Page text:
Poem honoring the Confederate soldier and J.B. Hood

[From the New Orleans, La., Picayune, September 4, 1904.]
NOTE.–Tuesday, August 30, 1904, was the twenty-fifth anniversary of the death of General J. B. Hood.

Sadly and wearily,
Eyes dimmed by grief,https://i2.wp.com/www.archives.state.al.us/conoffalb/images/photo020.jpg
Thou, who has fought for us
With thy blood bought for us,
Freedom so brief–
Slumbereth now peacefully,
Resteth now fair,
Could I but have thee now,
Soothe from thy furrowed brow
All lines of care!
Bleeding and aching wounds
Counted for naught,
They did not pierce thy heart,
Injustice’s cruel dart
Such sorrow wrought.
Only the victor is
Honored and cheered,
But Defeat’s martyr must
To kind oblivion trust,
Misery reared. <shv32_152>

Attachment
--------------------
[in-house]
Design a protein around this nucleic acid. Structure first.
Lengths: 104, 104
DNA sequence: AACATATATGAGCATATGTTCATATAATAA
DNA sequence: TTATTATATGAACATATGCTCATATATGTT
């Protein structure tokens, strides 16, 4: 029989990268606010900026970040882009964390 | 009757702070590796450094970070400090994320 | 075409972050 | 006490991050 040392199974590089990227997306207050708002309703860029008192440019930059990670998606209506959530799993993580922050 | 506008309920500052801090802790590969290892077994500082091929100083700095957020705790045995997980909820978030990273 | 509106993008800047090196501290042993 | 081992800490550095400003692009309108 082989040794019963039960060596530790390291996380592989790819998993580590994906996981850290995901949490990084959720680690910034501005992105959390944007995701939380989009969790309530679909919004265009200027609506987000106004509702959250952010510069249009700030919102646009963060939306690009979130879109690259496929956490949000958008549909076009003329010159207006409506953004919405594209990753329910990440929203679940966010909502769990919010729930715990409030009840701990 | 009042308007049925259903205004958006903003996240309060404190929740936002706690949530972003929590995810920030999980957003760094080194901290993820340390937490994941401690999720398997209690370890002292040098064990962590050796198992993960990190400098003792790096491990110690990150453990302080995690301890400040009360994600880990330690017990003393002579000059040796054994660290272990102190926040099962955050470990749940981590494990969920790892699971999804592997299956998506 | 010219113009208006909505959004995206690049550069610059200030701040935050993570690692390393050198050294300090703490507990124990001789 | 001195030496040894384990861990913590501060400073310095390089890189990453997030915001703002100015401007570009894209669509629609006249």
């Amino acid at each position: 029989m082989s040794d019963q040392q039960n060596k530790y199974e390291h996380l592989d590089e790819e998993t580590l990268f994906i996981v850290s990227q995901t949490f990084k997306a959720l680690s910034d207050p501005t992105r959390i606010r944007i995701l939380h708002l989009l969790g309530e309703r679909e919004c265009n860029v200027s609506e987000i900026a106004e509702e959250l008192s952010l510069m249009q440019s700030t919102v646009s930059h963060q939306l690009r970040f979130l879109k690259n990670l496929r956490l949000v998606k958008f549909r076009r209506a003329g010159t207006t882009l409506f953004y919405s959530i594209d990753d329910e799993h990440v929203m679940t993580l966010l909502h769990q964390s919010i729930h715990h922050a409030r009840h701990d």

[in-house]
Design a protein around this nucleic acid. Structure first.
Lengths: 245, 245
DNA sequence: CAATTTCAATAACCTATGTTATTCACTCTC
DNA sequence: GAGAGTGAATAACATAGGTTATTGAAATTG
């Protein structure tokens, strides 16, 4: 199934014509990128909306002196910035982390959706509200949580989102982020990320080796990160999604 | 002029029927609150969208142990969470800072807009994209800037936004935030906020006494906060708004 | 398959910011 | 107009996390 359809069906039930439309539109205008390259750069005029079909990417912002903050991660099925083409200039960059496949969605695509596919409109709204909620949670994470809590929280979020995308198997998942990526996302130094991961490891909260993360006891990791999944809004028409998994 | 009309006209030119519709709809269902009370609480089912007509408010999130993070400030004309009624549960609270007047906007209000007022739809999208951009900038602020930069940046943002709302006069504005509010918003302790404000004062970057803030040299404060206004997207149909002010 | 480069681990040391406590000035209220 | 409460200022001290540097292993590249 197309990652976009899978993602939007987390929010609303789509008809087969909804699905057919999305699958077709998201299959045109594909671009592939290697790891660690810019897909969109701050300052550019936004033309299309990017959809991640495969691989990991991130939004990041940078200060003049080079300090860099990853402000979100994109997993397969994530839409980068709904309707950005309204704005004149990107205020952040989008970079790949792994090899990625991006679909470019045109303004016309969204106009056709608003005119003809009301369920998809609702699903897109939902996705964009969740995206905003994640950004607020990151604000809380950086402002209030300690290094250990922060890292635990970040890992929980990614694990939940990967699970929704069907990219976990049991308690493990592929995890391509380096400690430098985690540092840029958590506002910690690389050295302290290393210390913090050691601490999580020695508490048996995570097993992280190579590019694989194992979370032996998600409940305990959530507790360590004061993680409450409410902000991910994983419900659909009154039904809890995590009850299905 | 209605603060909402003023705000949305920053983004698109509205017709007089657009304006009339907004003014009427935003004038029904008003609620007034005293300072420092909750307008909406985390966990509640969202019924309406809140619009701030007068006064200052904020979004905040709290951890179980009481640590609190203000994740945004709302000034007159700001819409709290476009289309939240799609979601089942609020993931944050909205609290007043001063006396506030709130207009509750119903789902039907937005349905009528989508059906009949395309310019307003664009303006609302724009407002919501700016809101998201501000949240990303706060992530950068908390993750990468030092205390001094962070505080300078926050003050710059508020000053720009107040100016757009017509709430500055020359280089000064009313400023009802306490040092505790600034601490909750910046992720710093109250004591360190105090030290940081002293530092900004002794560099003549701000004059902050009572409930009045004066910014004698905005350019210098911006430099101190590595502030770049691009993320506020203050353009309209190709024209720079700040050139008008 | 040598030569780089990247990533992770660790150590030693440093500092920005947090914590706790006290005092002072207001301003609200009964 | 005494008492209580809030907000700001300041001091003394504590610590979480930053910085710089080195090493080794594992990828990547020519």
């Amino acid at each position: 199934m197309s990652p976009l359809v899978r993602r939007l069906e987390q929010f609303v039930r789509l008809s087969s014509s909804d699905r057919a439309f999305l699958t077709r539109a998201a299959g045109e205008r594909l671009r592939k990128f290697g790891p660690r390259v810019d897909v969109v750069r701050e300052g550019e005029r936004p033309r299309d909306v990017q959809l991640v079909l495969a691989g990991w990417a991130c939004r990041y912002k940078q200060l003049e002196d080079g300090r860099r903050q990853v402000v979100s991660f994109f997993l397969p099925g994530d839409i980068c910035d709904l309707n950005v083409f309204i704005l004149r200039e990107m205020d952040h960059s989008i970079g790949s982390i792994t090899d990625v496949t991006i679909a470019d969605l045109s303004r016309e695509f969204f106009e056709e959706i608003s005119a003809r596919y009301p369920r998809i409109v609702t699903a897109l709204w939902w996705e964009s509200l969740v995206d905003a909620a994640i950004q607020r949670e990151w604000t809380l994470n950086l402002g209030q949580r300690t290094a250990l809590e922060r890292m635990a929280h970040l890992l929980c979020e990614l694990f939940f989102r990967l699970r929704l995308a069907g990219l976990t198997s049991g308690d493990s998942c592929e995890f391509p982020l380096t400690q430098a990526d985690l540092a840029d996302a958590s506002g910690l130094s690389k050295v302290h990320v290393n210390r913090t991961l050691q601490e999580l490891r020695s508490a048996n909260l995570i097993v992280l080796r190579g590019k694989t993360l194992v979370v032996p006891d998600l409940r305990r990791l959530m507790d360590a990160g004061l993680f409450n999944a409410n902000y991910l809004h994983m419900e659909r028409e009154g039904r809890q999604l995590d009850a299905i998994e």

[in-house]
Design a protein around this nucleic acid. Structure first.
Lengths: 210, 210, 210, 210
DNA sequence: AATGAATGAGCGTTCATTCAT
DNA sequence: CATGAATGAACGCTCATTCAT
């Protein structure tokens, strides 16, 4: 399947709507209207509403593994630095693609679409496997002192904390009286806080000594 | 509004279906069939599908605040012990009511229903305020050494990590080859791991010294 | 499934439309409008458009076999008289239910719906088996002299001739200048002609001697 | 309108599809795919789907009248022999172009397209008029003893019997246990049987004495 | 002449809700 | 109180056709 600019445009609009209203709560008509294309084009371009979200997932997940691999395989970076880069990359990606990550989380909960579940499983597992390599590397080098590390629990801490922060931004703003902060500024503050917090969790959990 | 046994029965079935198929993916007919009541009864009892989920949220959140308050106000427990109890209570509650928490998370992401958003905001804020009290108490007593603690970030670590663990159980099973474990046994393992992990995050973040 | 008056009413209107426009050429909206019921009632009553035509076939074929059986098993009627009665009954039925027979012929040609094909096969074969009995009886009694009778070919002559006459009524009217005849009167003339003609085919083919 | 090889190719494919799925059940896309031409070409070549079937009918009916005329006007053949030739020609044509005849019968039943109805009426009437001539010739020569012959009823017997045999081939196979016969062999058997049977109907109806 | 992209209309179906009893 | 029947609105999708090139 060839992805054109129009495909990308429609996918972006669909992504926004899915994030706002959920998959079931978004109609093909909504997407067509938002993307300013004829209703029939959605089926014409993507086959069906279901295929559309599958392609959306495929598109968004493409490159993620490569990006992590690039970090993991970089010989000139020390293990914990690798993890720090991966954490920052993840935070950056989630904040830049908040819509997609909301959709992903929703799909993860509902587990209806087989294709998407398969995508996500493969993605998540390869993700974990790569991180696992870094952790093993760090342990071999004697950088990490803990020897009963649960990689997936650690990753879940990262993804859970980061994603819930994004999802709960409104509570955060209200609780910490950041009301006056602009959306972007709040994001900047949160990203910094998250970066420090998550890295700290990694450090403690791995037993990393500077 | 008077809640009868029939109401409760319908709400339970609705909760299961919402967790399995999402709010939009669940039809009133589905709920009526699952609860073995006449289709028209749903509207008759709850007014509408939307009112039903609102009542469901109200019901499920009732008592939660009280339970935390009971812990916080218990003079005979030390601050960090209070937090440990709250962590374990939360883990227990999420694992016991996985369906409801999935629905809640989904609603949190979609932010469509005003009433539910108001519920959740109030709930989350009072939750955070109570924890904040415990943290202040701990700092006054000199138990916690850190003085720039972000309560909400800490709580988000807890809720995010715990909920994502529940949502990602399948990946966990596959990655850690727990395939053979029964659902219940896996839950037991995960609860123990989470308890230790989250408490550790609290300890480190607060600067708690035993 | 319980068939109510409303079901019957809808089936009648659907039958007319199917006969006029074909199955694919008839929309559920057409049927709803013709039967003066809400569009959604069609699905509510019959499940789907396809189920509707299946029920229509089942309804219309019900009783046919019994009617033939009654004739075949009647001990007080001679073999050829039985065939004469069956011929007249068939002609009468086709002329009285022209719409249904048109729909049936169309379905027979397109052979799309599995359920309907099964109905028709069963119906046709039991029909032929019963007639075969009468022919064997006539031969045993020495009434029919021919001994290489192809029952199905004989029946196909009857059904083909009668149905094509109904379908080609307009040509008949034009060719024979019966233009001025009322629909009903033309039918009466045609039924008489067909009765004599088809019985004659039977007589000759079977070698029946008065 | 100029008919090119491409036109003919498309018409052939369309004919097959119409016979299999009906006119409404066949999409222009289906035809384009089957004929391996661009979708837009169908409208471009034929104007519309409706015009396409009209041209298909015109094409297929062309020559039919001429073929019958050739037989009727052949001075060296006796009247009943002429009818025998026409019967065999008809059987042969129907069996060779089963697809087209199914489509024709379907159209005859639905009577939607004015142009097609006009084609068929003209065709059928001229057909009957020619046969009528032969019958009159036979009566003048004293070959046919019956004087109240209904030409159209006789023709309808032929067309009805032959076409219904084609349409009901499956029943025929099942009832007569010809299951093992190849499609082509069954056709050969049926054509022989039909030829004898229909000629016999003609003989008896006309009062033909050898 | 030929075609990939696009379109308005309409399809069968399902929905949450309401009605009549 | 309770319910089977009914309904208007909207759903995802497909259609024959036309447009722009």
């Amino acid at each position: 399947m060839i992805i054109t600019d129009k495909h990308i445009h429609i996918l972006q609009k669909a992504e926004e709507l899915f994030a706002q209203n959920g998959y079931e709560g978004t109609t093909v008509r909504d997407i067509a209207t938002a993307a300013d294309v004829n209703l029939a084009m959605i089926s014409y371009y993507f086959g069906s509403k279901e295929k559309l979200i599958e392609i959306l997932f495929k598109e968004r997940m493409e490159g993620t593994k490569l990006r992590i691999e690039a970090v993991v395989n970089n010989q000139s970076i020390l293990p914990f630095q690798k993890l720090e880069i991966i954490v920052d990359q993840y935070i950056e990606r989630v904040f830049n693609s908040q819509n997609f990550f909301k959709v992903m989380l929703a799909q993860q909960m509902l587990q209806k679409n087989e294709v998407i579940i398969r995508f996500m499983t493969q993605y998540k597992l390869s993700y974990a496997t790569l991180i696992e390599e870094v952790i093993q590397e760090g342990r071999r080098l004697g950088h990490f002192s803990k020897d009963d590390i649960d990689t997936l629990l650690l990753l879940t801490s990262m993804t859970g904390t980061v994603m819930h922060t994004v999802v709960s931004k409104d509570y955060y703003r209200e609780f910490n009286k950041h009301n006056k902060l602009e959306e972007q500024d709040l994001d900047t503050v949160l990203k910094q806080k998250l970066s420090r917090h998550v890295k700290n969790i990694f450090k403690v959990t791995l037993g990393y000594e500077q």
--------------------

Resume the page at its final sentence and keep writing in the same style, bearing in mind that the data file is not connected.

Yet, where is he so strong,
Standing alone,
Fighting with Dignity
All the Malignity,
As thou hast done?
Though thou art dead and gone,
Better than fame
Thou hast to us bequeathed,
With holy memories wreathed–
A noble name.
Slumber now peacefully,
Thou didst thy share,
Thou hast not lived in vain;
Leaving the stormy main,
Rest thee now fair.
Southern Historical Society Papers.
Vol. XXXII. Richmond, Va., January-December. 1904.
In Memory Of General J. B. Hood

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